Crawfordsville news: Underground Railroad went through Crawfordsville

[Editor’s note: This is a continuation of a series on the early history of Crawfordsville.]

The first house in Crawfordsville was built by Walker Neal on Main Street where Bud’s Cafe was later located. Another early dwelling was the “House of All Nations” on the corner of Main and Columbus. It was built in 1851 and was a hotel for many years. It received its name because nearly everyone in town had lived in it at one time or another and was the largest house in town. It was the station for the Underground Railroad.

Runaway slaves were hidden by day and driven by night to Columbus City or Iowa City where they were met by others who helped them on their way north. In later years, this hotel had a restaurant in connection with it. When the Peoples Savings Bank was organized in 1912, the building, which was built in 1851, was torn down to make way for the present building.

Another hotel, the Jackson House located two doors south of the bank was also an Underground Railroad station. It seems as though Crawfordsville had other hotels also.

Groups called Mite Societies met in the House of Nations and families took turns serving 10-cent lunches. The money was used for new boardwalks or for cleaning up the cemetery.

The first death occurred in that very cold winter and it took nearly a week to dig the grave because of the frozen ground. The burial was in what is now known as the old cemetery.

A few anecdotes taken from this book written by the late Mrs. Moorhead were: Adam Ritchey used to play his fiddle for dances, which were very frowned on by the Seceder Church elders. It is stated when the young men wanted to dance they went to his house and there wasn’t any need to take girls, as Adam had nine daughters. Another incident was when someone would tell of seeing falling meteors. This of course, meant the end of the earth and the story went that one man in town went about telling of seeing people rising from their graves as he passed the cemetery. It seems as though what he had really seen was a man climbing out of an open grave he had fallen into. It also states the first bell to be tolled for worship service was at the Congregational Church and many thought it was wrong to make so much noise on a Sunday. It says they finally got used to the noise!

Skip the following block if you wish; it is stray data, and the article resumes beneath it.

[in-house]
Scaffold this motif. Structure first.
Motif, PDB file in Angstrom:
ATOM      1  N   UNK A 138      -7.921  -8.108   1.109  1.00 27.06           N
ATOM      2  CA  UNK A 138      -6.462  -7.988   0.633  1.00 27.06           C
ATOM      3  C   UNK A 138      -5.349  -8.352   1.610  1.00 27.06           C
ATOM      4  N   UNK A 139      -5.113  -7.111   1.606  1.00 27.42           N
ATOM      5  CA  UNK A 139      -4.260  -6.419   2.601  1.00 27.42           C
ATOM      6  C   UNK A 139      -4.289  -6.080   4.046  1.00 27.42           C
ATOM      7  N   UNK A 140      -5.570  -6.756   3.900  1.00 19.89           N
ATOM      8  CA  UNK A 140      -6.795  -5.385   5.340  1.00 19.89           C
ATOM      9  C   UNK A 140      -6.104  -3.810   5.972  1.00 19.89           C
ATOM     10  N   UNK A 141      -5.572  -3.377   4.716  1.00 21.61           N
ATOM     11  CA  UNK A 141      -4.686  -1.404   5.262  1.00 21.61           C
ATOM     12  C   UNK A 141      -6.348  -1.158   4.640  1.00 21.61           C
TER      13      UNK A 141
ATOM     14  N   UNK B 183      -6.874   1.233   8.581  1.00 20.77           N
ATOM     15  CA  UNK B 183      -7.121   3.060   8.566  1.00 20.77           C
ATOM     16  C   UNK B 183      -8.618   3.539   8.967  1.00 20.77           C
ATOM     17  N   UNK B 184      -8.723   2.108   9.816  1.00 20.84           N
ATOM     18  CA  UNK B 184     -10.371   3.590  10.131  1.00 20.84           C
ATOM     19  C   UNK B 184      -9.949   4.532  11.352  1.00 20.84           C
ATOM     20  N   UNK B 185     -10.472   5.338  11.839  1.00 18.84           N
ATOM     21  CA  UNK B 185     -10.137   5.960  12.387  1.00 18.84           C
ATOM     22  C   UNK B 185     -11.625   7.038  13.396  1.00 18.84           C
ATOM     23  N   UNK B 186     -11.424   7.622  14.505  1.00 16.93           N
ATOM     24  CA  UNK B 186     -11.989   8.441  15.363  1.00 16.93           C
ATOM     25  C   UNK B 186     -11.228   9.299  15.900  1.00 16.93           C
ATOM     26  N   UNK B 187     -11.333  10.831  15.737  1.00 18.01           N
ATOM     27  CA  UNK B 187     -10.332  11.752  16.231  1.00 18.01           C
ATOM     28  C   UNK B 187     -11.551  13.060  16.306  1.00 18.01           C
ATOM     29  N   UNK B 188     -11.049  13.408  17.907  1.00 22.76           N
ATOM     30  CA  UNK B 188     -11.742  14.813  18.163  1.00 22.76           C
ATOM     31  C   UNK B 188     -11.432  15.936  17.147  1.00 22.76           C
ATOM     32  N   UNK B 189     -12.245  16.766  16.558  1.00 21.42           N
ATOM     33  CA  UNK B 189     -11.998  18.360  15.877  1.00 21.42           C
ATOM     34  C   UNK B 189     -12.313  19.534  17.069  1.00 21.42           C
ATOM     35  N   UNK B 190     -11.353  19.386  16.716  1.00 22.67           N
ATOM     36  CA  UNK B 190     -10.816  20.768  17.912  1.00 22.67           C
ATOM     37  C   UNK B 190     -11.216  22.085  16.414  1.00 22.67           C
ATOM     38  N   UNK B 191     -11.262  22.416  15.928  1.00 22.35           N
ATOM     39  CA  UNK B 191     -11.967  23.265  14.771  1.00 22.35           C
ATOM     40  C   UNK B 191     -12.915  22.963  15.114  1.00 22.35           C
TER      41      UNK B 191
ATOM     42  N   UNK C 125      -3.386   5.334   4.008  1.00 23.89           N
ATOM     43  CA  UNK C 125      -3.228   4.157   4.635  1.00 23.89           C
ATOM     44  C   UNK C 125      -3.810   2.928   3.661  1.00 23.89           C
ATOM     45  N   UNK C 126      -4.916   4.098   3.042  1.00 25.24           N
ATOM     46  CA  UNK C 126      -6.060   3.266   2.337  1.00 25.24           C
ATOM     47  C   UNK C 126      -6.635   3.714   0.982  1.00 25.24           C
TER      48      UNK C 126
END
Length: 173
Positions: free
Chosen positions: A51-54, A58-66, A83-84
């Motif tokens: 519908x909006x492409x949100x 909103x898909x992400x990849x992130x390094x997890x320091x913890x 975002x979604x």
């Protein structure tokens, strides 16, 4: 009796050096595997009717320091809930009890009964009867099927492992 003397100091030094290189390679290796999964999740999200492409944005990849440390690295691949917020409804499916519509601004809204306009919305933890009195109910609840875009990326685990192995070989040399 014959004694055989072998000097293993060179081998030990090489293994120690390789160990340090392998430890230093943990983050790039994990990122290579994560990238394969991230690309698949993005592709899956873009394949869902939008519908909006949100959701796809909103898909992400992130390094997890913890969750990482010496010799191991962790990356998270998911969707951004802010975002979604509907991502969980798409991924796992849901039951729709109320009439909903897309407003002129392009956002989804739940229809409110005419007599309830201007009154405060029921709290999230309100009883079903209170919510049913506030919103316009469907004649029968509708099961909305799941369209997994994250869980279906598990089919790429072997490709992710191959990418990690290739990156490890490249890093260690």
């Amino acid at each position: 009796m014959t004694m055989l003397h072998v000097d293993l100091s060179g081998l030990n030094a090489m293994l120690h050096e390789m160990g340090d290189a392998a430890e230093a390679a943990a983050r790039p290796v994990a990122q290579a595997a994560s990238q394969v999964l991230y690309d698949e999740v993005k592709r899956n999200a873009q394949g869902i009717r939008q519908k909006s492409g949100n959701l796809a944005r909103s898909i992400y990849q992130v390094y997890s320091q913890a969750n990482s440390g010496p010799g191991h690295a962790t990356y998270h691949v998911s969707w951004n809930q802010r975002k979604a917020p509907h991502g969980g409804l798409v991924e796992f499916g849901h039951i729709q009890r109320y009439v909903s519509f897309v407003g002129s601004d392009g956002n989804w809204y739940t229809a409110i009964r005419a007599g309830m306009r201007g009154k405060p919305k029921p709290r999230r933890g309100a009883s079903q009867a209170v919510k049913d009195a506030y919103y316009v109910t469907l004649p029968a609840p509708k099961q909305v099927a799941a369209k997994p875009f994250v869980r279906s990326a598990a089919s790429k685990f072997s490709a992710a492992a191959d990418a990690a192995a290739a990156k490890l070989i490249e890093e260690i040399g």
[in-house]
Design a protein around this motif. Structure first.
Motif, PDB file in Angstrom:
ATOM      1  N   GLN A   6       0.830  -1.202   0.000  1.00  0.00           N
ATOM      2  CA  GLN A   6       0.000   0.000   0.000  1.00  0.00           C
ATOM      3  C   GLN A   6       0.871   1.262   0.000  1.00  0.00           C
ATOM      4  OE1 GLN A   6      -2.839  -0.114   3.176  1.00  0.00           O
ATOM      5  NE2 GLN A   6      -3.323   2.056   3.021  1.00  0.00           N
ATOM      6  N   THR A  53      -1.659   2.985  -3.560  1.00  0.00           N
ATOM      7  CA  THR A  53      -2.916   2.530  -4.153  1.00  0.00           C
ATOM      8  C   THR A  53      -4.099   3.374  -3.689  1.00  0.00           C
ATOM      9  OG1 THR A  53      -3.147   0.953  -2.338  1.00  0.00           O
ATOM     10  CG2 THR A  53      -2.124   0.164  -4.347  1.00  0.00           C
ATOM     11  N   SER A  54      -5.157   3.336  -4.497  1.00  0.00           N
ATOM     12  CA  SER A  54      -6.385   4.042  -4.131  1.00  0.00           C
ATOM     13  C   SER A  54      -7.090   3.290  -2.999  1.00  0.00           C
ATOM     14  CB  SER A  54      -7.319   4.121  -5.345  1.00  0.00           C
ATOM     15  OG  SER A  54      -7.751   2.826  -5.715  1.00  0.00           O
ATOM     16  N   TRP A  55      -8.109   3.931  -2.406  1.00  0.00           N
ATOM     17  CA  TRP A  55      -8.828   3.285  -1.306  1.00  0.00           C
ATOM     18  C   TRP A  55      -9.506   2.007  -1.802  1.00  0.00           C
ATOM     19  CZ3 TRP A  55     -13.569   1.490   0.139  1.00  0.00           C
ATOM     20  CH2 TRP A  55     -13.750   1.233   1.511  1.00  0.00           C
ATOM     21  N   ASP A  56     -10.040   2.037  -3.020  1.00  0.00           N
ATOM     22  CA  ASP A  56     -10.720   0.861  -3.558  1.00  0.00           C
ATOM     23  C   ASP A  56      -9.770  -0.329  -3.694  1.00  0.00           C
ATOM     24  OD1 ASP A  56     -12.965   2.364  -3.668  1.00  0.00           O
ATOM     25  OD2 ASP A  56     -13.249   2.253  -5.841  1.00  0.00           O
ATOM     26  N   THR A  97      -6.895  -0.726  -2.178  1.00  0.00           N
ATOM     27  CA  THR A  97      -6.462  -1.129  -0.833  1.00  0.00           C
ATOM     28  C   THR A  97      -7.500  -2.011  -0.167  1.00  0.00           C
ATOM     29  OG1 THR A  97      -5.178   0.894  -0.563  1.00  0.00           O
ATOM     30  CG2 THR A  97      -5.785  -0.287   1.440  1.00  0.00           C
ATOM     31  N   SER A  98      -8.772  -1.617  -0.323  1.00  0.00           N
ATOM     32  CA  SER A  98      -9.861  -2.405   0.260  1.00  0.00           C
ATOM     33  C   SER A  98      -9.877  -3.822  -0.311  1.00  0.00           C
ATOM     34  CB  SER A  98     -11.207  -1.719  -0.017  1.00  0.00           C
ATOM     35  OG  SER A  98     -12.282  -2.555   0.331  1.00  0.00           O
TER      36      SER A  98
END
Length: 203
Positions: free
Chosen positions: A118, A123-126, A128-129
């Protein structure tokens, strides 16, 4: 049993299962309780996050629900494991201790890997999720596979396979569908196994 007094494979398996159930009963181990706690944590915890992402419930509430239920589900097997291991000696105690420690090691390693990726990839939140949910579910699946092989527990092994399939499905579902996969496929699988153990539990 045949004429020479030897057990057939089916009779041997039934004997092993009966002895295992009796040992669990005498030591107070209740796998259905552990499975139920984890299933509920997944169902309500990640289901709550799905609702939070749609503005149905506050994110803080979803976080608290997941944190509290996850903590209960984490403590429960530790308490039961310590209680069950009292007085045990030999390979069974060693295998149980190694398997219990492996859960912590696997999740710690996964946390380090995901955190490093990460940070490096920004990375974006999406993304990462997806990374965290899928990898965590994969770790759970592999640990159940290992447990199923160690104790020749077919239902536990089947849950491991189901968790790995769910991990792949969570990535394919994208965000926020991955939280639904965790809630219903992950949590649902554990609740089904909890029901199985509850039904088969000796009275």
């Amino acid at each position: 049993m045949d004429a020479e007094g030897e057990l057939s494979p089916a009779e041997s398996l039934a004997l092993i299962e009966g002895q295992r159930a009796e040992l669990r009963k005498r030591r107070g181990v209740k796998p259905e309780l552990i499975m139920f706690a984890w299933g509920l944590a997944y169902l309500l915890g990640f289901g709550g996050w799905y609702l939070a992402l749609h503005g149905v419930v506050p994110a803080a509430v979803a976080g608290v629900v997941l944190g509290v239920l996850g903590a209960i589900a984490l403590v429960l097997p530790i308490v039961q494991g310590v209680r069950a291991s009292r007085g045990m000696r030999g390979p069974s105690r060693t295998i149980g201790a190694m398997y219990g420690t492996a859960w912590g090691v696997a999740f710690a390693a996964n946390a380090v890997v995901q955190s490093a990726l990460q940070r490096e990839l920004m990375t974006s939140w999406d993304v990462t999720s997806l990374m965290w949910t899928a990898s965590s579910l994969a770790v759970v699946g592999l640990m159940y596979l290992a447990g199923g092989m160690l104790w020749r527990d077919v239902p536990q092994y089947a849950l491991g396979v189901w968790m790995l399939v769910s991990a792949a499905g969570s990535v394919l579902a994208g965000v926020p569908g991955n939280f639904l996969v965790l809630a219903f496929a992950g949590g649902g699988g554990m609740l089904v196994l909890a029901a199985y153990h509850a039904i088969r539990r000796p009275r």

An act was approved in 1839 to locate a Territorial Road from Dubuque to Keosauqua. Different men were appointed to mark the road through the various towns and there was debate about the route south of Iowa City, so Matthew Moorhead met and persuaded them to put the route south through Ainsworth, Crawfordsville and onto Henry County. A little later Congress passed a law allowing the construction. Matthew helped plow the trail marking where the road would go. The paving crew came to town in 1930 to complete the paving which is now 218. Many of the road crew brought their families with them and rented rooms or houses so the town was very lively.

It says the young people always liked home talent plays and old newspapers state that plays were given in the Old Opera House located on the entire top floor on the west side of the brick building on the corner of Main and Columbus. All commencement exercises were held there, as well as movies in more modern times and box suppers and many social gatherings.

In the summer, the highlight of each week was band concerts held on the second story of the House of All Nations.

There was a photography studio in a railroad car and the man and his family lived in it. They came by rail and had the car hauled to a specific location. He stayed for a year and then moved on and then was back again. He later operated a studio in Washington.

The book states there were at least two “Womanless Weddings” and many men in the community took part. It says it was surprising what good looking “ladies” they were!

There were reports of first births and first marriages, but some discrepancies in other parts of the county.

A broom factory operated somewhere south of town between 1850 and 1860. These were the first brooms manufactured west of the Mississippi.

More to come!